g2. Given an image, write nested-range loop code to set a 10 pixel wide stripe running down the right side of the image to pure black. Ideally, the code should access only the pixels which need to be changed. The image will be at least 10 pixels wide. (Combines non-1-param range() with images.)

image = SimpleImage(...) # your code here

g3. Given an image, create a new 'out' image which is three times as wide as the passed in image. Copy the original image to the rightmost third of the out image, but with left and right reversed.

def mirrorish(filename): image = SimpleImage(filename) # your code here

g4. A sort of funhouse-mirror effect governed by the int parameter n: e.g. if n is 2, squeeze width by 2x. Create a new 'out' image the same height as the original, but with width divided by int n. Copy the original image to out, squeezing it horizontally. For example for n=4, out pixel at x=0 comes from original x=0, x=1 comes from x=4, x=2 comes from x=8, and so on. n=1 should copy the image without squeezing. (Added from section-1, since we did this space-warp type this quarter)

squeeze_width(filename, n): # some boilerplate provided image = SimpleImage(filename) out = SimpleImage('', width= , height= )

p1. Given a string s, return a string of its even index chars followed by its odd index chars. so 'abcde' yields 'acebd'. (Combines non-1-param range with strings.)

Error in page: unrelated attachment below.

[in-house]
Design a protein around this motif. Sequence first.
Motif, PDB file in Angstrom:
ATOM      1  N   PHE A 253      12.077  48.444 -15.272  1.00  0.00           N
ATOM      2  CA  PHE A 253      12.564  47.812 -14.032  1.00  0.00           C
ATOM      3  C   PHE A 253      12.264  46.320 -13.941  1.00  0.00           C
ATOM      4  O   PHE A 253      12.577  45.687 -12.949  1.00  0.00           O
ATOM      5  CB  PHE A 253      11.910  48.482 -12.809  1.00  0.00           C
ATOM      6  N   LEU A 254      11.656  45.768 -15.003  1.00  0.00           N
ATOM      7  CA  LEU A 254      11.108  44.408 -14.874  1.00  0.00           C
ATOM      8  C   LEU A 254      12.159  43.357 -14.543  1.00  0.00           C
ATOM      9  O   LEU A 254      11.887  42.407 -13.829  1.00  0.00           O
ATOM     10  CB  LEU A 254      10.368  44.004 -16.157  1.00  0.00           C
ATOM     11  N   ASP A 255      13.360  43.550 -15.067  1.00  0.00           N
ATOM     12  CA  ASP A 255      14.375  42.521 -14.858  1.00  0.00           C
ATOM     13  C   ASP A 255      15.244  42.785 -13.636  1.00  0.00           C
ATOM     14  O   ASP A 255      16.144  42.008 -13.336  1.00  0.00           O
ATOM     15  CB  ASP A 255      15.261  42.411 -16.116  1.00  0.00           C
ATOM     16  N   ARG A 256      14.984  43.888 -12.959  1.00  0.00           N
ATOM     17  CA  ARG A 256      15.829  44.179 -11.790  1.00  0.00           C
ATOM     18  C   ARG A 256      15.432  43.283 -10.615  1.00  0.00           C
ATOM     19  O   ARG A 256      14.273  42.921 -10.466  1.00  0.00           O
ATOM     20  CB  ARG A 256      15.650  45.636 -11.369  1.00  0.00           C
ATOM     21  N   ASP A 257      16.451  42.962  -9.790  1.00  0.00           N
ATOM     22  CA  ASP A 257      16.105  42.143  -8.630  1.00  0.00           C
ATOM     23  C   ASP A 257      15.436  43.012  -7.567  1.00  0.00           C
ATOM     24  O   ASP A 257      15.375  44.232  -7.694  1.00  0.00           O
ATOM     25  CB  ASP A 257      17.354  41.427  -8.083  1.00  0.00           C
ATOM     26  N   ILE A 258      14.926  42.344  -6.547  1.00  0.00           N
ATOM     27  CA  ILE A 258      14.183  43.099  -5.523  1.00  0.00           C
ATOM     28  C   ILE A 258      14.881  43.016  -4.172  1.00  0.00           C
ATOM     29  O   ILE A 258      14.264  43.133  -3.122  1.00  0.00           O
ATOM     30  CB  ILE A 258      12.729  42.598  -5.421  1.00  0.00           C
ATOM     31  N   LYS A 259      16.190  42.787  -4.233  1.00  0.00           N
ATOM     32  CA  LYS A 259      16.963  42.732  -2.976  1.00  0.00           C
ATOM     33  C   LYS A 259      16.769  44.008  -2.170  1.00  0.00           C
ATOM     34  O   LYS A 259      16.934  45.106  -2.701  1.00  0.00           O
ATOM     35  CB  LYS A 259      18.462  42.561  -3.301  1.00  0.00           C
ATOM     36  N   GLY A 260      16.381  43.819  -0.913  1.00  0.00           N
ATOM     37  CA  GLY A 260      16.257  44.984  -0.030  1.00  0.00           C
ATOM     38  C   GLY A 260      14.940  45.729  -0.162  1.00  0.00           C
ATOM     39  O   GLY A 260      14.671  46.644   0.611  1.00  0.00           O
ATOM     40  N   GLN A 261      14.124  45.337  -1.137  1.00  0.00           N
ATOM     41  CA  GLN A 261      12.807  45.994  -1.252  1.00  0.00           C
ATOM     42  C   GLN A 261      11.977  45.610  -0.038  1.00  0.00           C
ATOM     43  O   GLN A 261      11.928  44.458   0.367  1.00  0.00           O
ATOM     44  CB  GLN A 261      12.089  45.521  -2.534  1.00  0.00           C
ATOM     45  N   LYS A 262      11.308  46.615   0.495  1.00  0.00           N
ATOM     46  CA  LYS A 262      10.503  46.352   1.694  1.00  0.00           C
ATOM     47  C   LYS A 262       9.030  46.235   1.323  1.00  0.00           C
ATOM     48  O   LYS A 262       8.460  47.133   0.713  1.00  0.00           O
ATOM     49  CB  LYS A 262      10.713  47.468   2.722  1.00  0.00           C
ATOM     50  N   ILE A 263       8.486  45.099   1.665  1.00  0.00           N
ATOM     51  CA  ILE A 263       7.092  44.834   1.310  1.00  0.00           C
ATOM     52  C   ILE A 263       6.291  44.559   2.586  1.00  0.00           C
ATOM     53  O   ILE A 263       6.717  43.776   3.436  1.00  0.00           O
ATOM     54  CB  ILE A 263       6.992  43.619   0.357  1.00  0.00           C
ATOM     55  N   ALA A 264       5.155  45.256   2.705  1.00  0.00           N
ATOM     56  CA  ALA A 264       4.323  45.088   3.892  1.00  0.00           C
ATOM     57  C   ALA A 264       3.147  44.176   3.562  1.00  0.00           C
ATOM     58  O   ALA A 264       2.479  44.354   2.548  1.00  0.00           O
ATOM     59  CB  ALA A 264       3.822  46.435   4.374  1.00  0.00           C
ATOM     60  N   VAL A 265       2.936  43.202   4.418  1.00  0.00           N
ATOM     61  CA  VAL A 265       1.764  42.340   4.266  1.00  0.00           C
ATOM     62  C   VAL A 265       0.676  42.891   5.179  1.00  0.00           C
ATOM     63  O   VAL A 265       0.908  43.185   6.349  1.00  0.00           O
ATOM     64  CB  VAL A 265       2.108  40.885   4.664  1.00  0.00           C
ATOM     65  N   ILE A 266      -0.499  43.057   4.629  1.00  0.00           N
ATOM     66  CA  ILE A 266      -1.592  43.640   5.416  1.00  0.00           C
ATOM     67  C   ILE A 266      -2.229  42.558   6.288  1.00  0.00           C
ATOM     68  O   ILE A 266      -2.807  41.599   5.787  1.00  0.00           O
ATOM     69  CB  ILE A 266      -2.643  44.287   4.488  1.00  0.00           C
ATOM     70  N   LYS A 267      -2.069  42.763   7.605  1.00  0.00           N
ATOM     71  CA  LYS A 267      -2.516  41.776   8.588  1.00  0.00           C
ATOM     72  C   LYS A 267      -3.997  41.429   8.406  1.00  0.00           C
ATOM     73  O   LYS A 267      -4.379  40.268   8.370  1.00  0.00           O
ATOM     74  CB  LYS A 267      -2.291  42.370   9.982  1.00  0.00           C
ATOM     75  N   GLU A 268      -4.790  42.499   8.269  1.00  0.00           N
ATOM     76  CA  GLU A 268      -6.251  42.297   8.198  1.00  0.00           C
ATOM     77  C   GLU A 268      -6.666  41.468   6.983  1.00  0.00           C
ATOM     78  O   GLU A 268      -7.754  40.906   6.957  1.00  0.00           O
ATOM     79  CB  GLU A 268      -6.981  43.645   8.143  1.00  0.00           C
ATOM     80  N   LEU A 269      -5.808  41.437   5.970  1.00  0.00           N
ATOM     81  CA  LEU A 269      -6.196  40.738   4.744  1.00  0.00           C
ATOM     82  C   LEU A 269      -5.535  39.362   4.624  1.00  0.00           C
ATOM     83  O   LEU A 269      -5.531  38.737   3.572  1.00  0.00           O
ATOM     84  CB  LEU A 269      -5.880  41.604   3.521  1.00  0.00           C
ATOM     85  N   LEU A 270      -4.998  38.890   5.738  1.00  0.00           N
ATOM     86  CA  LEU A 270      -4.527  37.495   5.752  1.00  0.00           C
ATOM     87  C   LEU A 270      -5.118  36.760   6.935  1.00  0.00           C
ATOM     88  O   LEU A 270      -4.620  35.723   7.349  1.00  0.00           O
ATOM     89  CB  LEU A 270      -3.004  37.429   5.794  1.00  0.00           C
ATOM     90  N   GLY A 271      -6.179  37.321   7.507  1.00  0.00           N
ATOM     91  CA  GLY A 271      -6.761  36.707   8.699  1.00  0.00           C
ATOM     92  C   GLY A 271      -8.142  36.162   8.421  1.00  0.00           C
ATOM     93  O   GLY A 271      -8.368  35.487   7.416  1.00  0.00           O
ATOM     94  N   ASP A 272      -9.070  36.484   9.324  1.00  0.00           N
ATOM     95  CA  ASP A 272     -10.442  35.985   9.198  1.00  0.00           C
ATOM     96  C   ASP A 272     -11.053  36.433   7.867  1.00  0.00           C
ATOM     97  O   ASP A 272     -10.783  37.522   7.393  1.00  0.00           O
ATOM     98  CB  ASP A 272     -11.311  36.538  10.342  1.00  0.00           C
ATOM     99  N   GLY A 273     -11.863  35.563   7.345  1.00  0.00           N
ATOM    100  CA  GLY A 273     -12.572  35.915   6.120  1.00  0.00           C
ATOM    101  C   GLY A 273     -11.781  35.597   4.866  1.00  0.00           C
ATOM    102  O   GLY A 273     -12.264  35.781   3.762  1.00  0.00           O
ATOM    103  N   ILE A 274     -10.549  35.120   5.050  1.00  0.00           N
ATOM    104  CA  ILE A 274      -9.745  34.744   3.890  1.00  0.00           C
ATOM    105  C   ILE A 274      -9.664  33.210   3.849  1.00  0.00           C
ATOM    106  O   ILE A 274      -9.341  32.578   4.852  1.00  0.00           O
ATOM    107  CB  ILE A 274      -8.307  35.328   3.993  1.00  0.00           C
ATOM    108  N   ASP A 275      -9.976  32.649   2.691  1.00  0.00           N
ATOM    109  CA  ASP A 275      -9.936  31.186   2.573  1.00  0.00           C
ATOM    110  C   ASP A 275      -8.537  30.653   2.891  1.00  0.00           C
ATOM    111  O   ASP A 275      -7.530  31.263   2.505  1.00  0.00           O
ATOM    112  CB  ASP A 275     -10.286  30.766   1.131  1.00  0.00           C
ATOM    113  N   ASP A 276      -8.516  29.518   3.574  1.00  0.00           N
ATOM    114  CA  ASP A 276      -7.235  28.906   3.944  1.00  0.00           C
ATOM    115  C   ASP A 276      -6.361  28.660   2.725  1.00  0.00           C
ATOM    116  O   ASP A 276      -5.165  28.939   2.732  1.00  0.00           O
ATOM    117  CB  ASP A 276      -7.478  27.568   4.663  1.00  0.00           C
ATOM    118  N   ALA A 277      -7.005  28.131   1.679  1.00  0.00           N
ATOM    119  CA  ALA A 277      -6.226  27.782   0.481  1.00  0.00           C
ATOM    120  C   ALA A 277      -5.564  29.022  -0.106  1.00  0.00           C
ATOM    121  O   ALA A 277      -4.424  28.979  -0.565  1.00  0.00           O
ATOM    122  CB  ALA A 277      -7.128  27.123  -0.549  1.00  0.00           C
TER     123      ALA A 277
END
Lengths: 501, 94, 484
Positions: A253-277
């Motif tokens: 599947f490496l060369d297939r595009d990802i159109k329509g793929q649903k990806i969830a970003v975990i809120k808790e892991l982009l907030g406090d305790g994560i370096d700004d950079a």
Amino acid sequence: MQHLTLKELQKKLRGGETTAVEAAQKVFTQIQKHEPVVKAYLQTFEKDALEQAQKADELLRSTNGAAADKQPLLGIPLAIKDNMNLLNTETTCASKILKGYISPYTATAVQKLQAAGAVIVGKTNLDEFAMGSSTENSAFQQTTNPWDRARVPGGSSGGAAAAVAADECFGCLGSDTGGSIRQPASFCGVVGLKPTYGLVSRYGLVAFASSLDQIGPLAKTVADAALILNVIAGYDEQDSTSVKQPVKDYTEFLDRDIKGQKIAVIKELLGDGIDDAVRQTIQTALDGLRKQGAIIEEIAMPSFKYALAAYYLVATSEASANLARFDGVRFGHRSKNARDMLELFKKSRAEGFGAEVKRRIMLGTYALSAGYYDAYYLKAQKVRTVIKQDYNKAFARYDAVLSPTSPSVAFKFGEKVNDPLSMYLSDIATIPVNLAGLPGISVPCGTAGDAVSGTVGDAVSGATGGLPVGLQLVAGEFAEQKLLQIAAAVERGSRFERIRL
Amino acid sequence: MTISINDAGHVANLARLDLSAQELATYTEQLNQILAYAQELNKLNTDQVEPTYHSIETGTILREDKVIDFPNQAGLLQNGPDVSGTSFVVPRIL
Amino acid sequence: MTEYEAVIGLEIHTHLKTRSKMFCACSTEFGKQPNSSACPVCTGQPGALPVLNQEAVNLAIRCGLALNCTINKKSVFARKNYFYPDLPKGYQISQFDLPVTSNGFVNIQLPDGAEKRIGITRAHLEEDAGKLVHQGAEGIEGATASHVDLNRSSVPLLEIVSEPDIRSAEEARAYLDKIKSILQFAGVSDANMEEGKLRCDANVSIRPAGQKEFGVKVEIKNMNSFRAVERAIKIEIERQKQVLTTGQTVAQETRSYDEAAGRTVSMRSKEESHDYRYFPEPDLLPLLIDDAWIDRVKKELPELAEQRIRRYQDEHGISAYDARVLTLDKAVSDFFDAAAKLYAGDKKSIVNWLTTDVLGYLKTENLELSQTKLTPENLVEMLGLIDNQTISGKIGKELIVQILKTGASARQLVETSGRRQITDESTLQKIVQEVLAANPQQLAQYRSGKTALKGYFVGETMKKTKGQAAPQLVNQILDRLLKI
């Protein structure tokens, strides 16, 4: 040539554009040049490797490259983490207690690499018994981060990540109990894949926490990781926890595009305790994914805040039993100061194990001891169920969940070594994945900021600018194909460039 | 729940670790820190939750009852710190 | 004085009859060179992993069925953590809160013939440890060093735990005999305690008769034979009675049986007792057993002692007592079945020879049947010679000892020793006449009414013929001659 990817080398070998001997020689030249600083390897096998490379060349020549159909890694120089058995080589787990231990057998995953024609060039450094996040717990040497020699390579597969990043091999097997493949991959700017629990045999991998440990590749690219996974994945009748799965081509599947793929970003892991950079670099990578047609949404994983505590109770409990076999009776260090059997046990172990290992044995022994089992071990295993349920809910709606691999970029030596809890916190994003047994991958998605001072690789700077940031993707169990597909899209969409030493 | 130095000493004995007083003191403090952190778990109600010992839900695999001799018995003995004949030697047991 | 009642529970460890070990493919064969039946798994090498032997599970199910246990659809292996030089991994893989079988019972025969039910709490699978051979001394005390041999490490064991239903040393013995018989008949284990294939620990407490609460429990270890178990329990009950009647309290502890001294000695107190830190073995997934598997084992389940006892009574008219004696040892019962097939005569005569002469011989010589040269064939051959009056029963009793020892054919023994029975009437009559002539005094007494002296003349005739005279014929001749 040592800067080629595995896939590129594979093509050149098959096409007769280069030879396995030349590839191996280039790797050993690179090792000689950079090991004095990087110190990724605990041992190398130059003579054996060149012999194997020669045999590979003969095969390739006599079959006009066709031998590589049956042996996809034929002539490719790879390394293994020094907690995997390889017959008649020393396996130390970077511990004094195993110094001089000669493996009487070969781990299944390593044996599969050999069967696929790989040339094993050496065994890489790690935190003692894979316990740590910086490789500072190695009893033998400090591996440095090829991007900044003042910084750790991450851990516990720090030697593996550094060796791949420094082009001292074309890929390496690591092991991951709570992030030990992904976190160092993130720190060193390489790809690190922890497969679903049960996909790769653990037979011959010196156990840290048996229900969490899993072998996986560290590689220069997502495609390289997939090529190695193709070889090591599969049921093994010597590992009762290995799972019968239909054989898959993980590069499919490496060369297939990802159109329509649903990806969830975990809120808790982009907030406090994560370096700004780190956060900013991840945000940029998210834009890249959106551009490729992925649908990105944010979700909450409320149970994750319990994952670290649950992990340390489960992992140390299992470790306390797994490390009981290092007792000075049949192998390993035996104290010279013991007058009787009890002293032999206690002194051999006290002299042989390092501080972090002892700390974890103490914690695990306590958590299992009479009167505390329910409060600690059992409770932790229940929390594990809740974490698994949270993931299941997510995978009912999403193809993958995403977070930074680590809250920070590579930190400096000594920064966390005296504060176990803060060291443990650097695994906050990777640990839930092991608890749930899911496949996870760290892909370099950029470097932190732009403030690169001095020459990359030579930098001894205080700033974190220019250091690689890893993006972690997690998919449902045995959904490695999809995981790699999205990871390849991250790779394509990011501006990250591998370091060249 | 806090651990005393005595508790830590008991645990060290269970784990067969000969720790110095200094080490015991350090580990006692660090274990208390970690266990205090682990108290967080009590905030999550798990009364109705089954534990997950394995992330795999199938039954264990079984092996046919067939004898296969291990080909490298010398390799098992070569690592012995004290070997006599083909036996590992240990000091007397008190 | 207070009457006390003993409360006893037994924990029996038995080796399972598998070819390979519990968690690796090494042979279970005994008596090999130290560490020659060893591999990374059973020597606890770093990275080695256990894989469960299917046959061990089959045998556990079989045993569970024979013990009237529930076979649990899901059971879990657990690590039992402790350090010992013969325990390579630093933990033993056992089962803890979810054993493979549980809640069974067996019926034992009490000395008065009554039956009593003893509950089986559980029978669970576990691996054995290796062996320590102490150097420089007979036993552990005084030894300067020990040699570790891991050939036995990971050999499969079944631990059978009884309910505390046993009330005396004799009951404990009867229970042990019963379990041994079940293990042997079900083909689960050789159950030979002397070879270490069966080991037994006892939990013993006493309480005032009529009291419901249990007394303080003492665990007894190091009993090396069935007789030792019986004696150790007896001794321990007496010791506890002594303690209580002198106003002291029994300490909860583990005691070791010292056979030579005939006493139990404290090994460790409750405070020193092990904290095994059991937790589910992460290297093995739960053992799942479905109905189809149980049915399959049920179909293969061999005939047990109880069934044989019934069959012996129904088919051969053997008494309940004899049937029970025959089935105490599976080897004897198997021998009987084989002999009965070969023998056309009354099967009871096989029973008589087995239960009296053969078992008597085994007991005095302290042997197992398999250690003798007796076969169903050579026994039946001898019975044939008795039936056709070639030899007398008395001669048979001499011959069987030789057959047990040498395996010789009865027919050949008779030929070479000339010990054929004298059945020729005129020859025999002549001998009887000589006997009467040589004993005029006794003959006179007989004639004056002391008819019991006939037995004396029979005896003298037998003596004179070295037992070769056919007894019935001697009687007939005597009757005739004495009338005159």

def foo(s): # your code here

p2. Given non-negative int n. Return a list of n "inner" lists. The first inner list is [50, 51, 52, ... 60], The next inner list is [49, 50, ...59], and so on to make n lists. For n=0 return zero inner lists. So n=3 returns [[50, 51, 52, 53, 54, 55, 56, 57, 58, 59, 60], [49, 50, 51, 52, 53, 54, 55, 56, 57, 58, 59], [48, 49, 50, 51, 52, 53, 54, 55, 56, 57, 58]]

def foo(n): # your code here

p3. Given a string s, return a string made of copies of s of steadily decreasing length, so 'abcd' yields 'abcdabcaba'. (range + string problem.)

def foo(s): # your code here

p4. Consider the sequence 100, 200, 300, ... n*100. For each number in that sequence, consider the 10 numbers that lead up to that number, inclusive. Return a list of all these numbers, e.g.. n = 4: [91, 92, .. 100, 191, 192, .. 200, ... 300, .. 400]. N will be a positive int. (nested range + list problem.)

def foo(n): # your code here

p5. Given a string s, use the string find() function to find the first '<' and the first '>' in the string. If these chars are not present or the '<' is not before the '>', return the empty string. Otherwise, return the chars that are between '<' and '>'. So 'xx<yyy>xxx' returns 'yyy'.

def foo(s): # your code here

p6. This nutty function returns a string made up of chars from s. For every char in s, if the char is a digit, compute the int value of that lone digit. If that int is a valid index number into s, append the char at that index to the result. So for example 'xyz029', returns 'xz' since 'x' is at index 0 and 'z' is at index 2. (Old exam problem that plays with char/int fluidity).

def nutty(s):